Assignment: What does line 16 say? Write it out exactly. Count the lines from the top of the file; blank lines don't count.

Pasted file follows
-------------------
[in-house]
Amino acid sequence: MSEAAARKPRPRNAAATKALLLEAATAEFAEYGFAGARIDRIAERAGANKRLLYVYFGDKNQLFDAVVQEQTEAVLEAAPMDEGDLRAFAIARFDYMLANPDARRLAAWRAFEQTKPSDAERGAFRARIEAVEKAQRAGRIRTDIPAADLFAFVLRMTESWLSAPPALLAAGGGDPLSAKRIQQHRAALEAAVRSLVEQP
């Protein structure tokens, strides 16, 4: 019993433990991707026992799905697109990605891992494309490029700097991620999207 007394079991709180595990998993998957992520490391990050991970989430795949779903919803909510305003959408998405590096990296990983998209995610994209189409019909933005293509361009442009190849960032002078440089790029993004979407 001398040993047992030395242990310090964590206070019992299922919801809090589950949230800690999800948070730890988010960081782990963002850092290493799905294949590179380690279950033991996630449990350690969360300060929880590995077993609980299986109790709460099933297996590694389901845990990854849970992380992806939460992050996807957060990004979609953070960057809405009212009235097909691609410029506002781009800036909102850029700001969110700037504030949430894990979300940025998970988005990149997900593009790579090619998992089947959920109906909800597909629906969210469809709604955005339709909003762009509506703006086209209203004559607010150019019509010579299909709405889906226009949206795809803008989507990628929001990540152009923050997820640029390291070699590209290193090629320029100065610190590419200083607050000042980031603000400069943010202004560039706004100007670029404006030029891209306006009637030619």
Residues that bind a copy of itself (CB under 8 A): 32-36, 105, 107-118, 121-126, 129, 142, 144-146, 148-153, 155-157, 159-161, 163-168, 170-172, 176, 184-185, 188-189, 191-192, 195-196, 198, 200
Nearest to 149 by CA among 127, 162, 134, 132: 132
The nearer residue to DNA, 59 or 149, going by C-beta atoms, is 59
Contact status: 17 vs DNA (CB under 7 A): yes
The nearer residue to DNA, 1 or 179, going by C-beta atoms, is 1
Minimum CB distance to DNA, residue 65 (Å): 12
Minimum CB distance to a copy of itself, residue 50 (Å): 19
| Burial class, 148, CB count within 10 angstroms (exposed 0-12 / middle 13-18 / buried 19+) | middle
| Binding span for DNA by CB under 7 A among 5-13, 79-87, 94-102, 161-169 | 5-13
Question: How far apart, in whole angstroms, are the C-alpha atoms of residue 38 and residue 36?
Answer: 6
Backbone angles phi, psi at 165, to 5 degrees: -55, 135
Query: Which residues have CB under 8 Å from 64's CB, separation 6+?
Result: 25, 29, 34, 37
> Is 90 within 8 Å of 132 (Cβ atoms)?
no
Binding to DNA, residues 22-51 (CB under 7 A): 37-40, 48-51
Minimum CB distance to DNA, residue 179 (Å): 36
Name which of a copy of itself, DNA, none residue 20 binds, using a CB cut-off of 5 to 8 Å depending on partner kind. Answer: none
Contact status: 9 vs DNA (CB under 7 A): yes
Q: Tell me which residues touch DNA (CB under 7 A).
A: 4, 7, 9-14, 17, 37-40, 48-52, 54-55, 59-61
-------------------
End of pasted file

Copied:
Query: Which residues have CB under 8 Å from 64's CB, separation 6+?